Does China’s approach to the six non-European Union countries of the Western Balkans (the WB6) relate to EU interests, and if so, then how? And does China’s influence affect the behavior of the WB6 governments in ways that run counter to the EU’s objectives in the region?
China engages with the Western Balkans primarily as a financier of infrastructure and a source of direct investment. This is in line with China’s main strategic objective for the Western Balkans – that is, to develop the Land–Sea Express Corridor, a component of its Belt and Road Initiative, aimed at improving China–EU connectivity. But China is not pursuing a common regional strategy for the Western Balkans. Instead, it has embedded its bilateral ties with the region in the 17+1 cooperation platform, which involves the EU’s Central and Eastern European countries, plus Greece. There is substantial differentiation among the WB6 when it comes to the level of linkage formation with China, with Serbia clearly being China’s preferred partner, and relations with Kosovo being the least developed.
China’s increased engagement with the six non-EU countries of the Western Balkans affects the EU’s ability to shape the policy context (that is, to shape parameters of the choices another country can make) and conduct (that is, to affect concrete actions or choices) of governments in the region. At the same time, Chinese and EU economic engagement does not need to constitute a zero-sum game in which gains by one mean losses for the other. Efforts by the two great powers aimed at economic development and regional stability can be potentially mutually reinforcing. China’s most important strategic objective for the WB region, building the Land–Sea Express Route, can provide the region with a more central role in transport networks that connect Central Europe to Asia and East Africa. This, in turn, can help the region attract more foreign direct investment, both from Chinese and non-Chinese sources.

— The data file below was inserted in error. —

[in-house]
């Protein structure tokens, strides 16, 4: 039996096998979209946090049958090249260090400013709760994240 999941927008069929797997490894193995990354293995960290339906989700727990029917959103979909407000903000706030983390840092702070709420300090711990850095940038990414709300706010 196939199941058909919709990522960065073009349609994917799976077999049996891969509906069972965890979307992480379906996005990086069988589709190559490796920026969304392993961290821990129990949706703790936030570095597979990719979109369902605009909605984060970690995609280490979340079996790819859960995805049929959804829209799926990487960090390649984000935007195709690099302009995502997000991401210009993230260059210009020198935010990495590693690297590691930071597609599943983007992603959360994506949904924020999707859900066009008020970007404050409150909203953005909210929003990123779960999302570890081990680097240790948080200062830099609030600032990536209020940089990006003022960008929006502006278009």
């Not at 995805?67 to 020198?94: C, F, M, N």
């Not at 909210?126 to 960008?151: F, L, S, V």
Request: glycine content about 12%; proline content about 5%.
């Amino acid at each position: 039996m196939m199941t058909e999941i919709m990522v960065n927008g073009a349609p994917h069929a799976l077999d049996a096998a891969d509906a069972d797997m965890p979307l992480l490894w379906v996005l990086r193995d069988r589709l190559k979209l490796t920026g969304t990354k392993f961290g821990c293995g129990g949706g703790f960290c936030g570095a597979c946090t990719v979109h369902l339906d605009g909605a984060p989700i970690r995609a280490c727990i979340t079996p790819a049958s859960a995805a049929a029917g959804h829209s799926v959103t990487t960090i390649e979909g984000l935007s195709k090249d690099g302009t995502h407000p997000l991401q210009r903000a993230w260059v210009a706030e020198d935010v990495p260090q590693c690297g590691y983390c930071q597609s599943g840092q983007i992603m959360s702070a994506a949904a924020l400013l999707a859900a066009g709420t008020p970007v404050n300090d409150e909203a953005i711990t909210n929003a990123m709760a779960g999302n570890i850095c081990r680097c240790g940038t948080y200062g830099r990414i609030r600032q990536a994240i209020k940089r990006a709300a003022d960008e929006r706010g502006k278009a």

Whether and to what extent China’s involvement is actually compatible with EU interests depends on the conditions under which such involvement takes place. Activities by Chinese actors in regard to the Western Balkans are to some degree incompatible with the EU acquis and EU standards. This relates to a variety of domains, including public procurement, state aid, environmental sustainability and human rights. China is relevant not only for the behaviour of Western Balkans governments in these domains, but linkage formation with China also weakens (somewhat) the EU’s bargaining position, as governments in the region have an increased opportunity to play the EU and China against each other. Moreover, linkage formation with China provides politicians in the Western Balkans with new avenues for established practices of corruption.